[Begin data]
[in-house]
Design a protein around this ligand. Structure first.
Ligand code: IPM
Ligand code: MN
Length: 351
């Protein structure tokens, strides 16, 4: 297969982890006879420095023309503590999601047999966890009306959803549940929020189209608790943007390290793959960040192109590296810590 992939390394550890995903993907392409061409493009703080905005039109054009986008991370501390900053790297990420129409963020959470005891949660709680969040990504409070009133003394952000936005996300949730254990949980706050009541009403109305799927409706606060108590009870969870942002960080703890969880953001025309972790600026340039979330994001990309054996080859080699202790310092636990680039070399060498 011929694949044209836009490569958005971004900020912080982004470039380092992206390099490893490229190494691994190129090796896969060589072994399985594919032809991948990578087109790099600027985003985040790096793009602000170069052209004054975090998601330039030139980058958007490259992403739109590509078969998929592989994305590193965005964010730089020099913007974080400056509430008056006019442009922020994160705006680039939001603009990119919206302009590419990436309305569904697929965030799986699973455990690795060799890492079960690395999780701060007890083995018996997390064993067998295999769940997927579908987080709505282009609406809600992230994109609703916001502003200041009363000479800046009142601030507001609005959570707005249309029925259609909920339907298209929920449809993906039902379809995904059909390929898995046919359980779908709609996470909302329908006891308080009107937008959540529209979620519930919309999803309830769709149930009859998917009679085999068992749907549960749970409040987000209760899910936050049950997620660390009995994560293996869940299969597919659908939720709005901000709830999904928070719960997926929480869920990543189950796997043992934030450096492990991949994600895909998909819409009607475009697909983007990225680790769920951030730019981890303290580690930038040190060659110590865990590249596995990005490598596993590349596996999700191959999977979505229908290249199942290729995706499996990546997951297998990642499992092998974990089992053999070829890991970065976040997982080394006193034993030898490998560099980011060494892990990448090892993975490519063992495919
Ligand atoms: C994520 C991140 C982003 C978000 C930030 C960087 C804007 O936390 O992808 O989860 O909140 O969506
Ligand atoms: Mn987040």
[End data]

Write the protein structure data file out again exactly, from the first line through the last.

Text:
[in-house]
Design a protein around this ligand. Structure first.
Ligand code: IPM
Ligand code: MN
Length: 351
């Protein structure tokens, strides 16, 4: 297969982890006879420095023309503590999601047999966890009306959803549940929020189209608790943007390290793959960040192109590296810590 992939390394550890995903993907392409061409493009703080905005039109054009986008991370501390900053790297990420129409963020959470005891949660709680969040990504409070009133003394952000936005996300949730254990949980706050009541009403109305799927409706606060108590009870969870942002960080703890969880953001025309972790600026340039979330994001990309054996080859080699202790310092636990680039070399060498 011929694949044209836009490569958005971004900020912080982004470039380092992206390099490893490229190494691994190129090796896969060589072994399985594919032809991948990578087109790099600027985003985040790096793009602000170069052209004054975090998601330039030139980058958007490259992403739109590509078969998929592989994305590193965005964010730089020099913007974080400056509430008056006019442009922020994160705006680039939001603009990119919206302009590419990436309305569904697929965030799986699973455990690795060799890492079960690395999780701060007890083995018996997390064993067998295999769940997927579908987080709505282009609406809600992230994109609703916001502003200041009363000479800046009142601030507001609005959570707005249309029925259609909920339907298209929920449809993906039902379809995904059909390929898995046919359980779908709609996470909302329908006891308080009107937008959540529209979620519930919309999803309830769709149930009859998917009679085999068992749907549960749970409040987000209760899910936050049950997620660390009995994560293996869940299969597919659908939720709005901000709830999904928070719960997926929480869920990543189950796997043992934030450096492990991949994600895909998909819409009607475009697909983007990225680790769920951030730019981890303290580690930038040190060659110590865990590249596995990005490598596993590349596996999700191959999977979505229908290249199942290729995706499996990546997951297998990642499992092998974990089992053999070829890991970065976040997982080394006193034993030898490998560099980011060494892990990448090892993975490519063992495919
Ligand atoms: C994520 C991140 C982003 C978000 C930030 C960087 C804007 O936390 O992808 O989860 O909140 O969506
Ligand atoms: Mn987040």